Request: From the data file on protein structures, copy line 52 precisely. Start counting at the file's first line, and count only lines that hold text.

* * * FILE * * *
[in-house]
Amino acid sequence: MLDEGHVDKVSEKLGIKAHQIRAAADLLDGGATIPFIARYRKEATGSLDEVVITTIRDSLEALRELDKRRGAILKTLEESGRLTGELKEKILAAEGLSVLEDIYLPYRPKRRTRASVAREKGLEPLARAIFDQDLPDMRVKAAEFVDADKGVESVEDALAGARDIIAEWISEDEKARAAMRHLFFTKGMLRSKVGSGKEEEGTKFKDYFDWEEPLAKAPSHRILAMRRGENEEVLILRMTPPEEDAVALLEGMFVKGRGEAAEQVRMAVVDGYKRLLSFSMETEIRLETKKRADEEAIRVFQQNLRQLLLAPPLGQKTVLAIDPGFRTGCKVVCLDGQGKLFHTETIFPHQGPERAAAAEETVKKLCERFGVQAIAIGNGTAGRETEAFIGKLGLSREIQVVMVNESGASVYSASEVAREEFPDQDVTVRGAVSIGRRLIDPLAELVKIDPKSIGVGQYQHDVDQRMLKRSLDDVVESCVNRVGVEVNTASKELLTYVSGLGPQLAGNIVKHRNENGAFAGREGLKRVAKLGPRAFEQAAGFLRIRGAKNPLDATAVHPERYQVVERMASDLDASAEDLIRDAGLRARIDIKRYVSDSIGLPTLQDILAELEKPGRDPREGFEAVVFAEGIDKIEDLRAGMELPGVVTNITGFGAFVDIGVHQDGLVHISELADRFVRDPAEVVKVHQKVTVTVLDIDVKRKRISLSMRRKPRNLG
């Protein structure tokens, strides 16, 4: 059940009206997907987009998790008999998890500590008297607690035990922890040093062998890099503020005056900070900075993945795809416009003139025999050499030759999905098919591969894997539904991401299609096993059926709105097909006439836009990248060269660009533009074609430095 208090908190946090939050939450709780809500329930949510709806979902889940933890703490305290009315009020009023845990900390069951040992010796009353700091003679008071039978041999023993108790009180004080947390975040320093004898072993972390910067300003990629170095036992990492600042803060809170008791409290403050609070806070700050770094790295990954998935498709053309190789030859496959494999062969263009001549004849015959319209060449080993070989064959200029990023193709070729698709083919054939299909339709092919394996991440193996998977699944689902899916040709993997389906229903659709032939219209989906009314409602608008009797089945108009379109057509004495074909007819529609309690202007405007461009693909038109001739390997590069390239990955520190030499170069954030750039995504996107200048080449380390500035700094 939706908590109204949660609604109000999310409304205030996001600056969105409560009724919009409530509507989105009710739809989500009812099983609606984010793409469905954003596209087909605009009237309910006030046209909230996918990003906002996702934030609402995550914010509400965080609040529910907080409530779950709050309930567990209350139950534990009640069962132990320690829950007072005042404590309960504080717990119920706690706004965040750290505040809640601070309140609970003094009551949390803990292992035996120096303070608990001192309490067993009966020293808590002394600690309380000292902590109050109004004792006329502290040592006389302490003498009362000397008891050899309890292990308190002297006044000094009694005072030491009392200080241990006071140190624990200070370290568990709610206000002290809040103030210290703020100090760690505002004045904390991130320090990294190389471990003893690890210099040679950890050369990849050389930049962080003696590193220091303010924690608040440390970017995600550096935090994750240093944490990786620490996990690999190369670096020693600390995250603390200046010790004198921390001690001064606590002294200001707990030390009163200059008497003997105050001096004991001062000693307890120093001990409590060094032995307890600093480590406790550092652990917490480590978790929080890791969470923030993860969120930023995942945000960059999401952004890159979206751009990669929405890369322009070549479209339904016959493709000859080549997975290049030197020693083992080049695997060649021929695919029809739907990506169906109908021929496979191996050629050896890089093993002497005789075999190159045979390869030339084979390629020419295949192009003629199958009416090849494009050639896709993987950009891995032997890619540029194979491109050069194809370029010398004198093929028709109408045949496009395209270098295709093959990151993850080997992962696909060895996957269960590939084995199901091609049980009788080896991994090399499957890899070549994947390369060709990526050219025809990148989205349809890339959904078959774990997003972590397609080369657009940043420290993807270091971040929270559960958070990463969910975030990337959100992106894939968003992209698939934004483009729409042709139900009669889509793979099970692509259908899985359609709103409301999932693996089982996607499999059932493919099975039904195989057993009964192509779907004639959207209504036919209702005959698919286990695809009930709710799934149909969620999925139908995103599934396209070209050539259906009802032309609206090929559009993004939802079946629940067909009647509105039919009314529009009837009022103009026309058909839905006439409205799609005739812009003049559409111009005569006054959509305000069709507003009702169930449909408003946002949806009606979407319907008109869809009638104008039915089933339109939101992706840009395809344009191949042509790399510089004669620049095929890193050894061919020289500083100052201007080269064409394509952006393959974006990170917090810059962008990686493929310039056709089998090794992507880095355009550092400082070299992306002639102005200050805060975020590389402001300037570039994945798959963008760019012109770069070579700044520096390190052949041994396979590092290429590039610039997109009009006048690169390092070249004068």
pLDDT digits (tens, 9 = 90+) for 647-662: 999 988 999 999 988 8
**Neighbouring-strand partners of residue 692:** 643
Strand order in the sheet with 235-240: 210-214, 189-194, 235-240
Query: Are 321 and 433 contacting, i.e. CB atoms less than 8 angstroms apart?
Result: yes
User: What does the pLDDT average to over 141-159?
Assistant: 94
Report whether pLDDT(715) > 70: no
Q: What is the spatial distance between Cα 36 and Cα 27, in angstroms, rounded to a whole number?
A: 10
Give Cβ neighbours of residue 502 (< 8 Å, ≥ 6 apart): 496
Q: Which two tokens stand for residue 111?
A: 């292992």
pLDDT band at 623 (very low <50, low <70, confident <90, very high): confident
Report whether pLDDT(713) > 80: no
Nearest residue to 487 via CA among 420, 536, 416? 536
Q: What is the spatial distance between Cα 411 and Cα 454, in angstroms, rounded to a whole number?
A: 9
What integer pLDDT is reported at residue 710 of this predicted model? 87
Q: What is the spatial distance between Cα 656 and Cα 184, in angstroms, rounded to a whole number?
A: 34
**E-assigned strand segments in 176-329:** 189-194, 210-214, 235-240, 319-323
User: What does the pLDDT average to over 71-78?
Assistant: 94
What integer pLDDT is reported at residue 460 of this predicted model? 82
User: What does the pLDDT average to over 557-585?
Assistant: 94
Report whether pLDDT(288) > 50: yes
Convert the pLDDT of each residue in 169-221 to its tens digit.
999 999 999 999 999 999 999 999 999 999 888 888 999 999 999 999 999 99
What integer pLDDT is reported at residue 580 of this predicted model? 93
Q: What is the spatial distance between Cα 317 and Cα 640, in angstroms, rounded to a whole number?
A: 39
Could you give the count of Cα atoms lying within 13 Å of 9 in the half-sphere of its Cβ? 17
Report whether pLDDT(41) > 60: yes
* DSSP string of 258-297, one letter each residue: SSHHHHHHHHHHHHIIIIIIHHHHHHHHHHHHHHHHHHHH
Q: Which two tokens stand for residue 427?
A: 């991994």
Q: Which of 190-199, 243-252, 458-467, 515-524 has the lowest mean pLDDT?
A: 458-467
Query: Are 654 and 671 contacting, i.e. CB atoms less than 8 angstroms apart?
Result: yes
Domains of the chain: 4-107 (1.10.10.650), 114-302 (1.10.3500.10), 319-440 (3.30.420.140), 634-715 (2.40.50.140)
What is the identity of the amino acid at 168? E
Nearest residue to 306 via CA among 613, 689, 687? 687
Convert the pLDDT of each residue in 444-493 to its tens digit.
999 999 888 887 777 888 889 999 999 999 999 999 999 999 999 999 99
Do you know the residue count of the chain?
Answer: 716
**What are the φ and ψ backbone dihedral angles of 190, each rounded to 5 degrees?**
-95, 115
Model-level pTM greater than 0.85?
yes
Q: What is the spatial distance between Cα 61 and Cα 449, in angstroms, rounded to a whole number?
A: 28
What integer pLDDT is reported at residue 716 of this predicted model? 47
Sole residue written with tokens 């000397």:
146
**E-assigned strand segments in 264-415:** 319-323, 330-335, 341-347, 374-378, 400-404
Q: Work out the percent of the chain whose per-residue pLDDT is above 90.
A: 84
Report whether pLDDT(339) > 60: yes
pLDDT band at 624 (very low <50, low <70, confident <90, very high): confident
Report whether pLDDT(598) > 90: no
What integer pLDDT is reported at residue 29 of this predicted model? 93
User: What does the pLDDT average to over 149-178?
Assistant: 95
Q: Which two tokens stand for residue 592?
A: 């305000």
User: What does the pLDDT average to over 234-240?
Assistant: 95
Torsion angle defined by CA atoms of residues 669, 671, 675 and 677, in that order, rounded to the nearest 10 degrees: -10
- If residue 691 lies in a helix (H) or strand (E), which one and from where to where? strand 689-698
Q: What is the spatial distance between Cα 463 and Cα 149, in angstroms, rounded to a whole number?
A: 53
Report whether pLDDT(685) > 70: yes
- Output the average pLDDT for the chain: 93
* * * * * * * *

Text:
Answer: 716